Overwatch Hero Tier List and Meta Report: A Patch from the Past
What’s up guys and gals, CaptainPlanet here to present the Overwatch Hero Tier List and Meta Report: A Patch from the Past. That’s right, this week’s meta report comes to you from the land before time, live from a realm that is different than our own. Of course, I’m referring to the tournament realm, where all of the pros playing in Overwatch Contenders, the Overwatch Premier Series, and Apex Season 4 played their matches last weekend. This realm was set up by Blizzard to provide stability should the live servers ever go down, but it also has the ability to roll back patches in case of severe balance changes. By now, even if you don’t read the patch notes, you probably noticed a lot more Junkrat being played and a lot of this is due to the significant buffs he received between this report and last. Since the data of this report comes from the pro scene only, there was not all that much I could do on the analysis front with regard to Junkrat, but luckily my
slave-drivers lovely bosses at Overbuff had me covered. Before we get into this week’s Tournament-Realm-Pro-Overwatch Tiers, let’s quickly look at huge surge in Junkrat’s popularity on the live servers:
Much Ado about Junkrat
While the pros battled each other on the pre-patch tournament servers, something amazing was going on with Junkrat on the live servers. Some of you took note, a popular reddit thread was posted, and an insane winrate at GM was documented:
You’ll note that after the initial spike in winrate, Junkrat’s winrate and pickrate has dropped off significantly, due to the players becoming more accustomed to their new, Junkrat-infested matches and learning how to counter him. However, he still sits at 58% winrate, which places him higher than GM staple DPSes like Genji and Tracer. Junkrat received two huge changes that contributed to his ascension, one of which is already being nerfed in the next balance patch. You can read them below:
Per some excellent reddit sleuthing, it was discovered that the Rip-Tire speed buff has already been decreased relative to Live as an undocumented change on the PTR. Overwatch Contenders will continue to play on this pre-Junkrat patch for at least another weekend, so it is somewhat likely that the pro scene will skip the patch entirely before moving to the next patch where the D.Va, Mercy, and now Junkrat changes go live, whenever that may be. Taimou in particular has already pulled his Junkrat out of his pocket in his pre-nerfed state, and the combination of these major hero balance changes (and rework, in Mercy’s case) is certain to fully disrupt the Dive-y meta we still find ourselves in. Speaking of dive, looks like the Tiers were still dominated by it. Let’s discuss:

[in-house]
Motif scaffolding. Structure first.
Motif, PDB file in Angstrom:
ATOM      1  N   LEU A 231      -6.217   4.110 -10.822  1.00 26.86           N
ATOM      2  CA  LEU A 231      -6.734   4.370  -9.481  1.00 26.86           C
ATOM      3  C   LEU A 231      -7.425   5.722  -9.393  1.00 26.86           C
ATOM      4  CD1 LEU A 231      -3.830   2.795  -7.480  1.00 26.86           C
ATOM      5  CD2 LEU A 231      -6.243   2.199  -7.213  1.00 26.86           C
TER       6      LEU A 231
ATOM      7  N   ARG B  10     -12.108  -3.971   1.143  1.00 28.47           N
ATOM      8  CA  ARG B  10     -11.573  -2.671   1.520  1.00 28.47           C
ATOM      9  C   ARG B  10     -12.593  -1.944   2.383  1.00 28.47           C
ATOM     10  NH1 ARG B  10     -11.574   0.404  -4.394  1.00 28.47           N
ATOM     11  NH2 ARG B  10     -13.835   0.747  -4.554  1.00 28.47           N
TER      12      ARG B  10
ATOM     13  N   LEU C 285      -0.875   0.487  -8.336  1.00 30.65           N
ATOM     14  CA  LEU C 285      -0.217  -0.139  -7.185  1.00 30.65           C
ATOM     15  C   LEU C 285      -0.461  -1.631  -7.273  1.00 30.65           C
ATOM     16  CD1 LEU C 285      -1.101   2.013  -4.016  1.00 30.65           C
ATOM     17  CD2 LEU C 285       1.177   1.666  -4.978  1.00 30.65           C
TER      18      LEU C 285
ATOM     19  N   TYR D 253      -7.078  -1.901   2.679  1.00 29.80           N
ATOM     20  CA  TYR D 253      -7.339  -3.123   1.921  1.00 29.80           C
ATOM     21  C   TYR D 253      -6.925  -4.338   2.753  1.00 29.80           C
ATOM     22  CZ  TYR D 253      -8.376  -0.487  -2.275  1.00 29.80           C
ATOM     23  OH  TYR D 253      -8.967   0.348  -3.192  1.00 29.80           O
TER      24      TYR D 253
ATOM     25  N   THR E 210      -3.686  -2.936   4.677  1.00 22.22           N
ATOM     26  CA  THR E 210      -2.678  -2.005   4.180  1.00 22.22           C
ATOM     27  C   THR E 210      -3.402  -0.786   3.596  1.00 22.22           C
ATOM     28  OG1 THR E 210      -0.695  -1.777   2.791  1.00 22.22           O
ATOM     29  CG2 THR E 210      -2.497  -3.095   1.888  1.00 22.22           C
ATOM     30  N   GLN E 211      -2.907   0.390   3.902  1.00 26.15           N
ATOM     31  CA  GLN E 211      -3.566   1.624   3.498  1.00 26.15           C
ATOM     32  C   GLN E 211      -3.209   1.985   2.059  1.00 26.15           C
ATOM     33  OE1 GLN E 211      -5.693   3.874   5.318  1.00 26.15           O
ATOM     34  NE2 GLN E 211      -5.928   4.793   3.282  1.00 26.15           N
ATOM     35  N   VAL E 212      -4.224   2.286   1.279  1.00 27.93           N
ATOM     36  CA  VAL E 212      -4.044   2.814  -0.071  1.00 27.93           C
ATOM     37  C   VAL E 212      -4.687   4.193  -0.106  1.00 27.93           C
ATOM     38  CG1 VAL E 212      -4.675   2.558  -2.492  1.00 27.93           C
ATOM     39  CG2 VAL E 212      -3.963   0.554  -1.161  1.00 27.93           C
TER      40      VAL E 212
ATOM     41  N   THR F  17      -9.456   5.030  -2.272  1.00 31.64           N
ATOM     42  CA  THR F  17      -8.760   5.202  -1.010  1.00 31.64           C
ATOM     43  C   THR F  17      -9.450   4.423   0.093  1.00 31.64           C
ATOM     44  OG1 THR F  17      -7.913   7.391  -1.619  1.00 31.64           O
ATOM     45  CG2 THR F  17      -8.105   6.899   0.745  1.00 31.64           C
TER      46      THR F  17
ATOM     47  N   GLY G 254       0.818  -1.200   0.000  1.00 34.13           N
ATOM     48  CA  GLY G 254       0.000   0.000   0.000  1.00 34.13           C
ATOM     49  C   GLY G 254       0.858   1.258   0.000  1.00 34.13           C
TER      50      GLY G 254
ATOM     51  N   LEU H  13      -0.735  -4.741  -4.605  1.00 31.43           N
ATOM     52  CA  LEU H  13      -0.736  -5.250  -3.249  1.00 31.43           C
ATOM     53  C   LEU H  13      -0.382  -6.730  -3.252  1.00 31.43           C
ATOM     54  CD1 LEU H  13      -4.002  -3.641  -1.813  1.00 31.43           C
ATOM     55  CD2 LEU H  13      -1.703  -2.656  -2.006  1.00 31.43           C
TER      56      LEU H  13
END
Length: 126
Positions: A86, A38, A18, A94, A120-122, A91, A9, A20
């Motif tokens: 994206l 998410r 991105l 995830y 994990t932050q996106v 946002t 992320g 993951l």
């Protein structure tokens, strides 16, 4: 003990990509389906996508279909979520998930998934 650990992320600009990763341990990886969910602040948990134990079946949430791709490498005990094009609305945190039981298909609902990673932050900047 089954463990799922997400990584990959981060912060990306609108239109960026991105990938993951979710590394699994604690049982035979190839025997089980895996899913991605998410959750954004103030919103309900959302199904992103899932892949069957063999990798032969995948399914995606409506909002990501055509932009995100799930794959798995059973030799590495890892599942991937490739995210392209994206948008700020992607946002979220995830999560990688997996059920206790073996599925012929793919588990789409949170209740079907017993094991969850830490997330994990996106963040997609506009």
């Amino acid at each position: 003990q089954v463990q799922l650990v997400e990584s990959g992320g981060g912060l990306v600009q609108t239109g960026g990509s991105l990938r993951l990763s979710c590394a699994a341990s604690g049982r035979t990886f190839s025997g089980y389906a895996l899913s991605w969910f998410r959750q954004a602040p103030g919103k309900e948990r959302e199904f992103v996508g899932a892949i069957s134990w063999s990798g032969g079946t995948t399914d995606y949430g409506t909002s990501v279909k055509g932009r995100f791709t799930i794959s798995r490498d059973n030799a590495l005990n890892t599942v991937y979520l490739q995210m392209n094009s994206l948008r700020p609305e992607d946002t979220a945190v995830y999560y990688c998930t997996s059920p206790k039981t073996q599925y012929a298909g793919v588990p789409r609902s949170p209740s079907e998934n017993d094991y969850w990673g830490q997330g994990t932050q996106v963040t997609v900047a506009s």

S Tier (>=95% Usage Rate): Lucio (98%)
Tier 1 (>80% Usage Rate): Winston (86%), D.Va (84%)
Tier 2 (>50% Usage Rate): Tracer (75%), Zenyatta (50%)
Tier 3 (>20% Usage Rate): Doomfist (37%), Ana (31%), Genji (28%), Soldier 76 (28%)
Tier 4 (>5% Usage Rate): Reinhardt (13%), Zarya (13%), Pharah (13%), McCree (11%), Sombra (11%), Mercy (10%)
Tier 5 (<5% Usage Rate): Widowmaker (4%), Reaper (3%), Mei (1%), Roadhog (1%), Junkrat (1%), Orisa (1%), Symmetra (1%), Torbjorn (1%), Hanzo (0%), Bastion (0%)
Last week I noticed some readers lamenting that the top five heroes used in pro Overwatch were still “Dive Comp” core heroes: Lucio, Winston, D.Va, Tracer, and Zenyatta. This week, not much has changed. Are the pros still stuck in a Dive meta? While these “dive heroes” were certainly used more than any others, there was more variety in team compositions that included these heroes than the tiers let on:
If we examine the top team compositions from the past week, we see that a lot of these hero’s usage is tied up in the Chinese Pharah-Mercy comp. In the Overwatch Premier Series, many Chinese teams played significant amounts of this Pharah-Mercy lineups for a couple of reasons. First, some teams were just straight up Pharah-Mercy teams. Take Lucky Future for example, whose Pharah-Mercy composition usage added up to over 80% of their play time:
The star of these lineups is the Pharah-Mercy combo, but most of them include multiple of the core “dive heroes”. The other factor contributing to the dive core + Pharah-Mercy comps was Overwatch Premier Series’ rule-set, which required that teams play their first map on a specific control map, which was rotated each week, as a best of 5. This (and last) week’s control map was Lijiang Tower, which meant lots of Pharah-Mercy dive thanks to its popularity on Gardens in particular:
But enough about Pharah-Mercy. There were some “legitimate” dive comps being played this week as well, like the Genji/Tracer dive that dominated Season 5. This lineup was utilized mostly by Western teams, with FaZe and Immortals leading the way: